Companies Can’t Afford to Ignore the Connection
By Nicole Martin
I worked with a company that is pretty amazing: from their mission to employee benefits to how genuinely nice the people are, it would be difficult to find a reason not to work there. The leadership team, however, heard murmurings of unhappy employees because they did not have any career guidance for growth. In fact, very few of the employees understood how to advance their career or even what their next job might be. If you put yourself in their shoes, it would be very easy to imagine another opportunity enticing them to leave.
To stop today’s revolving door of employee turnover, companies should focus their efforts on cultivating an engaged workforce. The evidence is clear that engaged employees stay in organizations longer. And with the cost of replacing one employee being between one-half to twice that employee’s salary, retaining your workforce is imperative in today’s challenging economic environment. This, plus the other benefits engaged workers bring – such as increased productivity and revenue – makes investing in the job satisfaction of your employees a no brainer.
While there are many factors that can drive engagement, according to recent surveys, a current top driving force appears to be career development.
- The 2021 Talent Index, which surveyed 5,000 U.S. and UK workers, found 83% of employees think their company should help with career progression.
- This is underscored by a recent Lattice survey in which a staggering 76% of respondents said they would be somewhat or very likely to leave a company because they were dissatisfied with career progression opportunities.
- Making the career development / employee engagement connection even stronger is Gallop’s The American Upskilling Study in which 61% of workers polled said upskilling is extremely or very important when weighing the decision to remain at their current job. 57% indicated they are extremely or very interested in participating in an upskilling program with 63% of those saying they are motivated to do so to advance their careers
- Although the Gallop State of the American Workplace was pre-covid, its findings are also worth noting:
- Of those looking for jobs, 52% said their manager or organization could have done something to prevent them leaving.
- Only 3 out of 10 employees said someone had spoken with them about their progress in the last 6 months.
- Only 3 out of 10 felt someone at work encourages their development.
Retaining the Talent in Which You’ve Already Invested
Employees want opportunities to help them hone existing skills, upskill, explore new avenues, and progress toward leadership positions. They want to see that there is a path forward for them. Demonstrating authentic interest in their professional advancement through mentoring, developing career plans, education/training opportunities and upskilling fosters engagement, retention and a better bottom line. Plus, by investing in skill building initiatives, you can look in-house to fill gaps created by emerging technologies.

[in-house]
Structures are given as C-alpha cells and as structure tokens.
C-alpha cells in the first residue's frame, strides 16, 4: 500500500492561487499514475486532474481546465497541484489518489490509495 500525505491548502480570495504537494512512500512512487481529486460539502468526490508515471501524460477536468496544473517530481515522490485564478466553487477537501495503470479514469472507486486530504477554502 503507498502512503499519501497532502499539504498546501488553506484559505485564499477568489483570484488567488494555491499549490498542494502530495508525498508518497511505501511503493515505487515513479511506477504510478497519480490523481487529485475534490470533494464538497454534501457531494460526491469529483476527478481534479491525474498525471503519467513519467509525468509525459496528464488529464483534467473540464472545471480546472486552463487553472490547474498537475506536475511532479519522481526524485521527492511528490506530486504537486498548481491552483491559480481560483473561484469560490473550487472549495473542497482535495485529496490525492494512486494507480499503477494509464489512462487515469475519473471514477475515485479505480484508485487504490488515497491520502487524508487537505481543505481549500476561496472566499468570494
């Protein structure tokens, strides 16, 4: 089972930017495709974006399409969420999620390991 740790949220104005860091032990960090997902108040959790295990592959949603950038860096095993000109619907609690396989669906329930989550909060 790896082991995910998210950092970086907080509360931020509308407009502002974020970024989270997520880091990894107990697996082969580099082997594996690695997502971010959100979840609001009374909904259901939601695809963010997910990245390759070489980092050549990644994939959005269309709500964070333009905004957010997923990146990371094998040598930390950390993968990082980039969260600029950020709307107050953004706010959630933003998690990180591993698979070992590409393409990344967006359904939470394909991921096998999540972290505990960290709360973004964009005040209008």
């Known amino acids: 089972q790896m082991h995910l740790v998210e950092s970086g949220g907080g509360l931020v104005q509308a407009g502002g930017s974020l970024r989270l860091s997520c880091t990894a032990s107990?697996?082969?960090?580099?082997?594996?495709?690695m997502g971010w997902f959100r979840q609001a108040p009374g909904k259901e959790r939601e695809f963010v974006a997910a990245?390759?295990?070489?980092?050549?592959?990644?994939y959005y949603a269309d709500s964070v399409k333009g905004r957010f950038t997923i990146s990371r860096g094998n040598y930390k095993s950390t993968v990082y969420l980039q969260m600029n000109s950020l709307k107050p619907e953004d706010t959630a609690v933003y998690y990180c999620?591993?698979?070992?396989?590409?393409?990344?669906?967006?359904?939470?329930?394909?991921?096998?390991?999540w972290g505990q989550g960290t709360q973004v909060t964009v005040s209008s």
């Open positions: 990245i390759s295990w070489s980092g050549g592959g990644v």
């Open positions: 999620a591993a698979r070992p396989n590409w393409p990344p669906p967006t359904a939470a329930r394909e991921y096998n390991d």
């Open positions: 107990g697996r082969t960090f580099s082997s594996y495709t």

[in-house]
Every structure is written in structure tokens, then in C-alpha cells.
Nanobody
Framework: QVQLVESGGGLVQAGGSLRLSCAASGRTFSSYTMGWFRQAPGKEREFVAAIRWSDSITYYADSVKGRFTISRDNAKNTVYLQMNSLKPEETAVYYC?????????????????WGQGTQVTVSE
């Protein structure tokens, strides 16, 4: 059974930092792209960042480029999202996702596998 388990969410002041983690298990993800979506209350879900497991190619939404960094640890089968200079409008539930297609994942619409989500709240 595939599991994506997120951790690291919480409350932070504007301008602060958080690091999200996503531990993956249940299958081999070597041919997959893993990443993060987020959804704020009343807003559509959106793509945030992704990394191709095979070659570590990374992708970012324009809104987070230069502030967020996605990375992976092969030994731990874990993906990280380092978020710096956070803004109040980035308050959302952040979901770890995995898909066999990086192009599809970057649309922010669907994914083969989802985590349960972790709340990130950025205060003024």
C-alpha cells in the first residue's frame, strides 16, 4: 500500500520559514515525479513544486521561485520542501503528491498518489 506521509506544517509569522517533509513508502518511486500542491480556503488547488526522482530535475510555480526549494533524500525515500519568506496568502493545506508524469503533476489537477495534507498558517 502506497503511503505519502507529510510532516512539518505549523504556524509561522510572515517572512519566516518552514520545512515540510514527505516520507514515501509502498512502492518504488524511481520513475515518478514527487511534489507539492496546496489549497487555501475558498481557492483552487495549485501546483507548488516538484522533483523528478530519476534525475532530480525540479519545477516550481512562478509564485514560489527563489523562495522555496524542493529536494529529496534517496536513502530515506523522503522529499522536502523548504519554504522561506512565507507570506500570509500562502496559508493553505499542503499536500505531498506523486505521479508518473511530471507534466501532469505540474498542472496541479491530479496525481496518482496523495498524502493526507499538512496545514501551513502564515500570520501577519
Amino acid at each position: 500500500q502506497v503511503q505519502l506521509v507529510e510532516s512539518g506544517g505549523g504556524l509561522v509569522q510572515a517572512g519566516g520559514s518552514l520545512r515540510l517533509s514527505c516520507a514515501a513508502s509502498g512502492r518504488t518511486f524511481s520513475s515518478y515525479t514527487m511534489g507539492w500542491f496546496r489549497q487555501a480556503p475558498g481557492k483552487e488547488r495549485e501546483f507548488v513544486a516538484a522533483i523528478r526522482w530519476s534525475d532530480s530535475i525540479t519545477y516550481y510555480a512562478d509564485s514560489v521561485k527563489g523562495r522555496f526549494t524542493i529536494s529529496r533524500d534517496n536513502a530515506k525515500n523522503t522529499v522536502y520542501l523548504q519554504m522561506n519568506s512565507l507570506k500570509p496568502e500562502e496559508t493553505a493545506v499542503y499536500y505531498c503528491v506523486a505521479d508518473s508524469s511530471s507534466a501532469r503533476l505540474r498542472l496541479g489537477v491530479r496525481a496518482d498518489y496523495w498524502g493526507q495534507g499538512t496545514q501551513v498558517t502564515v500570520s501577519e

Additionally, think about how much money you’ve invested in your current workforce. Consider the expense associated with hiring, onboarding, and training, as well as the hit your organization would take if it lost knowledgeable talent. The cost of attrition together with the benefits engaged employees bring to your company significantly outweigh the financial investment associated with career development initiatives.
Taking an active role in the career development of your existing workforce is a win-win for all involved.
Career Development Initiatives Can Entice New Talent
Your career development policies will not only help prevent your current employees from seeking job satisfaction elsewhere, they can also give you a leg up in today’s hiring crisis. As mentioned above, 76% of workers said they would be somewhat or very likely to leave a company because of career development satisfaction. So, it would seem that those individuals would be considering professional development initiatives when weighing job offers. Gallop’s The American Upskilling Study also found that 65% of workers believe employer provided upskilling is very important when evaluating a new job prospect.
People want to work for organizations with a culture that emphasizes and supports learning and development. Providing education, training, upskilling and re-skilling opportunities is an attractive selling point for your organization because it lets potential hires know that you are committed to helping them progress in their careers.
Career development is a must-have for both existing employees and potential new hires. Given how it can help attract and retain talent in today’s Great Resignation, leadership needs to make it an employee engagement priority. The company I mentioned at the beginning of this article recognized this and committed to doing everything they can to retain the talent in their organization. While much work needed to be done, they started with simple conversations with employees to understand everyone’s career desires. They then clearly defined the various roles and levels of management, which creates transparency with internal career opportunities. This is an ongoing project but once this development strategy is broadly communicated, they will truly become the greatest place to work.